Saturday, February 19, 2011
Christian Faith and Inhumanity, Torture, Ad Nauseam
"Today torture has been reestablished.
"In many countries the system of justice quietly tolerates torture being applied before and simultaneously with the regular proceedings of police and prison officials in order to extract confessions form those accused."
"The amount of suffering thus caused every hour surpasses imagination. To this renewal of torture Christianity today offers no opposition even in words, much less in deeds."
Is this a news comment on the actions of the United States and its allies over the last 10 years?
Is this the beginning of a critique from one of the new Secularists lambasting American Christian leaders for their support of torture, inhumanity, nationalism, oppression of undocumented persons, preemptive war, ad nauseam?
Tragically, no. But thank God, Albert Schweitzer, a theist, an academic, concert musician, doctor, mission worker once did speak out these words, though it came long ago in back 1931.
Isn't it ironic, how in some ways so little changes in human ethics, especially not in Christian ethics, year after year?
Why is it that so many "Christians" now support actions that are so contrary to Jesus' words from 2,000 years ago?
Not too long ago, I even read of Christian leaders at present who claim slavery isn't inherently evil because Scripture supports and condones the institution! Furthermore, another Christian leader said that torture is God's will because the Old Testament supports torture!
But at least this one follower of Jesus did speak out 80 years ago against all oppression in the name of Jesus.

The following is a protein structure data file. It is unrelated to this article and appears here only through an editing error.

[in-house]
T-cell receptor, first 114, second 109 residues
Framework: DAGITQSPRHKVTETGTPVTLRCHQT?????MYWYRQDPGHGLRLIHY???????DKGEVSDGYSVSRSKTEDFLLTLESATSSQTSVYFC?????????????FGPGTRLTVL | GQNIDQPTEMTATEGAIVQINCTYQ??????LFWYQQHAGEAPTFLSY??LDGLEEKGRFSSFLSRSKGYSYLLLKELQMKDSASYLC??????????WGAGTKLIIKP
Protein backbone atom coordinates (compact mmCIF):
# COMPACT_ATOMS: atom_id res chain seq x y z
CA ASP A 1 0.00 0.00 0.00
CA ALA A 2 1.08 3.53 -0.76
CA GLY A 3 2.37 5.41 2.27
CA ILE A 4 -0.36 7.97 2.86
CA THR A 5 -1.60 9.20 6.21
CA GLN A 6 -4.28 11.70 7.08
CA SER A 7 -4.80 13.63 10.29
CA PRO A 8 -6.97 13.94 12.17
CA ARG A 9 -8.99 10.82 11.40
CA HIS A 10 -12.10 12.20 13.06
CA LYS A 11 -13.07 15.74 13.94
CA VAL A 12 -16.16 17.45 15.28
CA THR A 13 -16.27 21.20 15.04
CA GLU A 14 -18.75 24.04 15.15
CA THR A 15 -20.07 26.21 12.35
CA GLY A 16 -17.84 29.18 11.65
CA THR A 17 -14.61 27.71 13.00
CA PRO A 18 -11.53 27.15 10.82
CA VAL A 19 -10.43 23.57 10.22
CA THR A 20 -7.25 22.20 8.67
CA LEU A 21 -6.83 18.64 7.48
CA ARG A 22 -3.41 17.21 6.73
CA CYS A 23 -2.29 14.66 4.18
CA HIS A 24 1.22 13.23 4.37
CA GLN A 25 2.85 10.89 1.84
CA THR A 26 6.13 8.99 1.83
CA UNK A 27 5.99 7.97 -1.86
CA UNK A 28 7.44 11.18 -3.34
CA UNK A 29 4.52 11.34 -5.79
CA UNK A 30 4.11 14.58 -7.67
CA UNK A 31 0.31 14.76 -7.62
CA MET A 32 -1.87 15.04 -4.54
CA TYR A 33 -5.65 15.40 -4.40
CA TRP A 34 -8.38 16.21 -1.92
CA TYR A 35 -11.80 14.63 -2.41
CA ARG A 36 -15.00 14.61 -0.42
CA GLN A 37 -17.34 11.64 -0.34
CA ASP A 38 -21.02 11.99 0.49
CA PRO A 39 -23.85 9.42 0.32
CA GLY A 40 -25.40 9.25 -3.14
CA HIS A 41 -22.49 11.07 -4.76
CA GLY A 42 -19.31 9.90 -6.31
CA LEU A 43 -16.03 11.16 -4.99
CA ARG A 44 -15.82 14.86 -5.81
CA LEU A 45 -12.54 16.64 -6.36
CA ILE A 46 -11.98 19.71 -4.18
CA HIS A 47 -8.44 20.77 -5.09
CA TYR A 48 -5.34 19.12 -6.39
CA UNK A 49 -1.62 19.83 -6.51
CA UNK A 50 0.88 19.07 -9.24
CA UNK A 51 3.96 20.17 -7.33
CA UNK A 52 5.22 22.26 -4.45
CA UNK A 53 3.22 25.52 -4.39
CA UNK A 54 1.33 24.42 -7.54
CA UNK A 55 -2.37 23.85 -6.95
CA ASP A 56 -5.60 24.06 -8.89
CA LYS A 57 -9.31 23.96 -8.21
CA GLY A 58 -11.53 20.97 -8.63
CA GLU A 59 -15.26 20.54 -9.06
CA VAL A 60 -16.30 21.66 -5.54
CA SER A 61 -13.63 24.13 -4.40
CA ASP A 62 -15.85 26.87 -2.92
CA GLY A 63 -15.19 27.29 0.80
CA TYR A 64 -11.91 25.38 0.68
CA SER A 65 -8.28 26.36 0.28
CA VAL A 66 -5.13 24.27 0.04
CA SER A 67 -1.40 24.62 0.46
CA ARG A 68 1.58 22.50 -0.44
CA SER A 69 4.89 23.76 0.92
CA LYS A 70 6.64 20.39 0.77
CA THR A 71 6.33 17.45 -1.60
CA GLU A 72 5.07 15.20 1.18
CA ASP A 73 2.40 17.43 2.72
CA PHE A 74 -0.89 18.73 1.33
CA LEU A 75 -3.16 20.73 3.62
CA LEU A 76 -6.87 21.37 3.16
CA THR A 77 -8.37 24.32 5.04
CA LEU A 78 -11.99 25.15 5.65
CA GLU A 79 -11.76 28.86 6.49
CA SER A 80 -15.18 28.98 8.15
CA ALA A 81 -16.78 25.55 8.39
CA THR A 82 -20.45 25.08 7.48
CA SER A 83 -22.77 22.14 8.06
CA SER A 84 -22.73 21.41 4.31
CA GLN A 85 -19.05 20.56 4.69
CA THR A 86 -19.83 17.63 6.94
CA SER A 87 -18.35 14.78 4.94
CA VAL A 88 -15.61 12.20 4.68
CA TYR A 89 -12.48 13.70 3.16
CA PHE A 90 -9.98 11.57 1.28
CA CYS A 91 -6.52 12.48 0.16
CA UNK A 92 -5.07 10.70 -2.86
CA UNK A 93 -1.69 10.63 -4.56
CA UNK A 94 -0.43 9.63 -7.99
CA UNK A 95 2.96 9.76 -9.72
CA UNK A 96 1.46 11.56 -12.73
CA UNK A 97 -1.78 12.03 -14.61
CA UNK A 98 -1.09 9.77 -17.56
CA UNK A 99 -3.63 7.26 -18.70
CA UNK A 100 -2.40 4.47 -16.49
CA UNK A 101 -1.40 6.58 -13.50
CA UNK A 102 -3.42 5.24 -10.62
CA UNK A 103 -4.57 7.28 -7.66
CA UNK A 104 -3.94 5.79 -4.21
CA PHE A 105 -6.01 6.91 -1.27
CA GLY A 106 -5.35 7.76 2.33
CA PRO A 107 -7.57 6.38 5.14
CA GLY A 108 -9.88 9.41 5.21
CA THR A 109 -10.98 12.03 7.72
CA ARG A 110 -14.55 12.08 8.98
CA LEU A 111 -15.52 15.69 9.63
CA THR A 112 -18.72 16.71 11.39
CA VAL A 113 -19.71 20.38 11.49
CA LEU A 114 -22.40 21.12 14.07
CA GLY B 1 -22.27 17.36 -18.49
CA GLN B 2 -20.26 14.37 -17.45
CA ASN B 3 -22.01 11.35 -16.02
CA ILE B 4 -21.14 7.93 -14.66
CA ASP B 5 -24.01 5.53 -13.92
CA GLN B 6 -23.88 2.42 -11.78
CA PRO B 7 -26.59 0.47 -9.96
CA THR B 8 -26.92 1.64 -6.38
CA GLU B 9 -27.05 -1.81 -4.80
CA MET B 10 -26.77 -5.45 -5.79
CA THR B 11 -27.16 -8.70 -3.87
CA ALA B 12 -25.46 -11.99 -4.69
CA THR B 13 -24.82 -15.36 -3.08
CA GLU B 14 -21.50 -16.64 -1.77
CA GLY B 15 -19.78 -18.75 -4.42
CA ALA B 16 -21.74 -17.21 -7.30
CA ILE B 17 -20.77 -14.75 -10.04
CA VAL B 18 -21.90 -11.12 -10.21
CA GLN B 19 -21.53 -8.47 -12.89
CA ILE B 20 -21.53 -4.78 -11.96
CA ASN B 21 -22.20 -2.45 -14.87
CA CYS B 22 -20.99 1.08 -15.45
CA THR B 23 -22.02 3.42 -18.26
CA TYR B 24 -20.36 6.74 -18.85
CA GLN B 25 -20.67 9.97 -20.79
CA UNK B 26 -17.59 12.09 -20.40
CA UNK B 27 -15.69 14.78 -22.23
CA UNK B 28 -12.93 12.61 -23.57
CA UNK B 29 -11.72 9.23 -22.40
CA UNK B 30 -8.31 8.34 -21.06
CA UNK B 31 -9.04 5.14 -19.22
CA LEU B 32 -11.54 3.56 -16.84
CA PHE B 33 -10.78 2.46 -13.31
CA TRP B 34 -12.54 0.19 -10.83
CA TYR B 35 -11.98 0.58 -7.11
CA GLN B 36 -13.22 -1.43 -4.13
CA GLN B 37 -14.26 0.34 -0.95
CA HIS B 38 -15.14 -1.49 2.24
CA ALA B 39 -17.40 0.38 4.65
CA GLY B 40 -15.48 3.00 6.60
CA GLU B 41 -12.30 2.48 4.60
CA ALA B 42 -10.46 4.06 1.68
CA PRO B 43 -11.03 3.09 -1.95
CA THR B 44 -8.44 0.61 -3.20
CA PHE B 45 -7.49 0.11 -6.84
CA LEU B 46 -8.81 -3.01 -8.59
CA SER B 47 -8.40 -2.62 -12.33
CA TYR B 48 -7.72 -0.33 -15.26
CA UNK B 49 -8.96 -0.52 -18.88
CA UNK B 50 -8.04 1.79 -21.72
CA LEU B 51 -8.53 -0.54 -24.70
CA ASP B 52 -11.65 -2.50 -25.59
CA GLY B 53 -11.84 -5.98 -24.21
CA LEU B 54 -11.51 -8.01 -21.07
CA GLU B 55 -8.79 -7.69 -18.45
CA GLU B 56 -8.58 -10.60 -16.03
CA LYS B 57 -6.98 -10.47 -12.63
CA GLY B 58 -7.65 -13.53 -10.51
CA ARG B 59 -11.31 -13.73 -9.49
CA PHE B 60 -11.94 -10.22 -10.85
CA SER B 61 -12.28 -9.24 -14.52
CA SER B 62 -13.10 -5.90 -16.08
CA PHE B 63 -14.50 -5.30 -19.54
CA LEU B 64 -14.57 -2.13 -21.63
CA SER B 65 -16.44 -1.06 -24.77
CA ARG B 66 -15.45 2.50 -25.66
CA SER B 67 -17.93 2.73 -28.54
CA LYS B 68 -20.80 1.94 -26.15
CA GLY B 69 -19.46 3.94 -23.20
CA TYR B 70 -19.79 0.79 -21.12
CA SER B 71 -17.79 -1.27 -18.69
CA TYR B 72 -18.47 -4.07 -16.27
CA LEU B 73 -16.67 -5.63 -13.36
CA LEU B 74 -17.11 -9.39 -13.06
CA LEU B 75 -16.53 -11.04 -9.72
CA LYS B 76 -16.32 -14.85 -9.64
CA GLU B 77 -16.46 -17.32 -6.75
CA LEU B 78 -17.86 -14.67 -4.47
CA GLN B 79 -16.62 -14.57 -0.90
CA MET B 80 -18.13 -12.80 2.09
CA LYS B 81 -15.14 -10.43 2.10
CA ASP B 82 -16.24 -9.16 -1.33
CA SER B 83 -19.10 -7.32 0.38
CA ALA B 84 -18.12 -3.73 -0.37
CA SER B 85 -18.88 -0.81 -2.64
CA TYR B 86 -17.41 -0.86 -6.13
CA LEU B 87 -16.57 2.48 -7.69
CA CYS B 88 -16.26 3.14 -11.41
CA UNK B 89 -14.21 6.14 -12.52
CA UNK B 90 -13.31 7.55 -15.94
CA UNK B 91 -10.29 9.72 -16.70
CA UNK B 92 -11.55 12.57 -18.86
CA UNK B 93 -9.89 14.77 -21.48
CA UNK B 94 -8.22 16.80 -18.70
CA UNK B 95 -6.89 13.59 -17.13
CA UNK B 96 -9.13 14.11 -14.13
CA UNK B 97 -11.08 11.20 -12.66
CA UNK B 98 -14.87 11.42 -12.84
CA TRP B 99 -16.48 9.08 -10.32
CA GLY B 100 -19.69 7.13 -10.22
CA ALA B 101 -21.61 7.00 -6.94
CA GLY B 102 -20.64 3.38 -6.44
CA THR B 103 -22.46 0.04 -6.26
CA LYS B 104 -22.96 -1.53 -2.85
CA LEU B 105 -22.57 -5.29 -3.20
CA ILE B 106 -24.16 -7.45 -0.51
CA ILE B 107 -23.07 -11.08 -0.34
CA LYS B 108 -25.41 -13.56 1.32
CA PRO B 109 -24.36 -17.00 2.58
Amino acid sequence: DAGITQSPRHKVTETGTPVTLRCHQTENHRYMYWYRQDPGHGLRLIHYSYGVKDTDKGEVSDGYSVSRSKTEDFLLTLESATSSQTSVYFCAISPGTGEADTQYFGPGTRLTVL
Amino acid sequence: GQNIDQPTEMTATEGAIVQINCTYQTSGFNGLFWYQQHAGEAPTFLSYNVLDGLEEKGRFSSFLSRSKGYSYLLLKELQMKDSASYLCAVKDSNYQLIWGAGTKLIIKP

Here are a few more of his comments:
"Christianity has need of thought that it may come to the consciousness of its real self. For centuries it treasured the great commandment of love and mercy as traditional truth without recognizing it as a reason for opposing slavery, witch burning, torture, and all the other ancient and medieval forms of inhumanity in its name.
Only when it experienced the influence of the thinking of the Enlightenment was Christianity stirred up to enter the struggle for humanitarian principles.
The remembrance of this ought to preserve it forever from assuming any air of superiority in comparison with thought.
If Christianity, for the sake of any tradition or for any considerations whatever, refuses to let itself be interpreted in terms of ethical religious thinking, it will be a misfortune for itself and for mankind.
Christianity needs to be filled with the spirit of Jesus, and in the strength of that shall spiritualize itself into the living religion of inwardness and love that is its destiny.
Only then can it become the leaven in the spiritual life of mankind.
Because I am deeply devoted to Christianity, I am trying to serve it with loyalty and sincerity. I do not attempt to defend it with the fragile and ambiguous arguments of Christian apologetics.
I demand from Christianity that it reform itself in the spirit of sincerity and with thoughtfulness, so it may become conscious of its true nature."
Out of My Life and Thought
p. 183, etc.
Healing news from the past needed for today's religious blindness.
In the Light,